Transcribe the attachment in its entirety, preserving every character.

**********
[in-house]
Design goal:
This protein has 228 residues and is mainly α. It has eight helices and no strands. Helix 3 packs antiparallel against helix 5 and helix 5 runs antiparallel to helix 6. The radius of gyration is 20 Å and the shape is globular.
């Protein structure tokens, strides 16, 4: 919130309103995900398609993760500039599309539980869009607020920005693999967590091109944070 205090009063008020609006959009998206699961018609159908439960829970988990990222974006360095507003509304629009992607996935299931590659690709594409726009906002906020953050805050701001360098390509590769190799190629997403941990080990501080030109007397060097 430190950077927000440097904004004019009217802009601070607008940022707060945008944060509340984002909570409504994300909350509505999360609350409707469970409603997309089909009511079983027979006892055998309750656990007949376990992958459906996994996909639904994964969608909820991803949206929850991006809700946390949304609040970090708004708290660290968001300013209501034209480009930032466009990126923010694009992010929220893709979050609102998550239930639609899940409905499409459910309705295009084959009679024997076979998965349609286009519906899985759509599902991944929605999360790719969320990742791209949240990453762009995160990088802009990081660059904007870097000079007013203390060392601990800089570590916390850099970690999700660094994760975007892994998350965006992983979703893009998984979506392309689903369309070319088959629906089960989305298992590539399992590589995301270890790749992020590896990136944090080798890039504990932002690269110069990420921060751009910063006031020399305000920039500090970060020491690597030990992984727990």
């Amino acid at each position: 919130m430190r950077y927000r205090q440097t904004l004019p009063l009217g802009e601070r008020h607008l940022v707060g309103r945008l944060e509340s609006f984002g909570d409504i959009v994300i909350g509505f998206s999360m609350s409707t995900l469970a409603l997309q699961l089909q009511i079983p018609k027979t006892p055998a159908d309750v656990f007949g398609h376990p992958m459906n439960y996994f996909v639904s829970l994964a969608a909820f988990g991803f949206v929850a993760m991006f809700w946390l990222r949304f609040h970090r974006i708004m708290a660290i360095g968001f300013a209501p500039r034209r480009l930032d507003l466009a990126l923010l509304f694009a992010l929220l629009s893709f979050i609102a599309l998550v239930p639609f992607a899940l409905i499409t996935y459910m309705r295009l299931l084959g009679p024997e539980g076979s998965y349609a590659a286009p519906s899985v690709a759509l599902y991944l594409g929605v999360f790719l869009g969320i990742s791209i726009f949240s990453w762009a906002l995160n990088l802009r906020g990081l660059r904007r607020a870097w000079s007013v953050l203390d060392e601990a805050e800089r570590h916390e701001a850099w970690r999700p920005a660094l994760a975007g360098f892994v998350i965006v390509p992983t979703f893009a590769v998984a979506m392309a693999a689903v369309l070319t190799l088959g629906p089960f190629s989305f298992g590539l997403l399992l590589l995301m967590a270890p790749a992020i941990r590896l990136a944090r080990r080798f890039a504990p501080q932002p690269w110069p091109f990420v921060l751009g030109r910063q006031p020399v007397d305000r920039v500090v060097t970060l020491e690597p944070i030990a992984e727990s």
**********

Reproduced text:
[in-house]
Design goal:
This protein has 228 residues and is mainly α. It has eight helices and no strands. Helix 3 packs antiparallel against helix 5 and helix 5 runs antiparallel to helix 6. The radius of gyration is 20 Å and the shape is globular.
């Protein structure tokens, strides 16, 4: 919130309103995900398609993760500039599309539980869009607020920005693999967590091109944070 205090009063008020609006959009998206699961018609159908439960829970988990990222974006360095507003509304629009992607996935299931590659690709594409726009906002906020953050805050701001360098390509590769190799190629997403941990080990501080030109007397060097 430190950077927000440097904004004019009217802009601070607008940022707060945008944060509340984002909570409504994300909350509505999360609350409707469970409603997309089909009511079983027979006892055998309750656990007949376990992958459906996994996909639904994964969608909820991803949206929850991006809700946390949304609040970090708004708290660290968001300013209501034209480009930032466009990126923010694009992010929220893709979050609102998550239930639609899940409905499409459910309705295009084959009679024997076979998965349609286009519906899985759509599902991944929605999360790719969320990742791209949240990453762009995160990088802009990081660059904007870097000079007013203390060392601990800089570590916390850099970690999700660094994760975007892994998350965006992983979703893009998984979506392309689903369309070319088959629906089960989305298992590539399992590589995301270890790749992020590896990136944090080798890039504990932002690269110069990420921060751009910063006031020399305000920039500090970060020491690597030990992984727990």
């Amino acid at each position: 919130m430190r950077y927000r205090q440097t904004l004019p009063l009217g802009e601070r008020h607008l940022v707060g309103r945008l944060e509340s609006f984002g909570d409504i959009v994300i909350g509505f998206s999360m609350s409707t995900l469970a409603l997309q699961l089909q009511i079983p018609k027979t006892p055998a159908d309750v656990f007949g398609h376990p992958m459906n439960y996994f996909v639904s829970l994964a969608a909820f988990g991803f949206v929850a993760m991006f809700w946390l990222r949304f609040h970090r974006i708004m708290a660290i360095g968001f300013a209501p500039r034209r480009l930032d507003l466009a990126l923010l509304f694009a992010l929220l629009s893709f979050i609102a599309l998550v239930p639609f992607a899940l409905i499409t996935y459910m309705r295009l299931l084959g009679p024997e539980g076979s998965y349609a590659a286009p519906s899985v690709a759509l599902y991944l594409g929605v999360f790719l869009g969320i990742s791209i726009f949240s990453w762009a906002l995160n990088l802009r906020g990081l660059r904007r607020a870097w000079s007013v953050l203390d060392e601990a805050e800089r570590h916390e701001a850099w970690r999700p920005a660094l994760a975007g360098f892994v998350i965006v390509p992983t979703f893009a590769v998984a979506m392309a693999a689903v369309l070319t190799l088959g629906p089960f190629s989305f298992g590539l997403l399992l590589l995301m967590a270890p790749a992020i941990r590896l990136a944090r080990r080798f890039a504990p501080q932002p690269w110069p091109f990420v921060l751009g030109r910063q006031p020399v007397d305000r920039v500090v060097t970060l020491e690597p944070i030990a992984e727990s």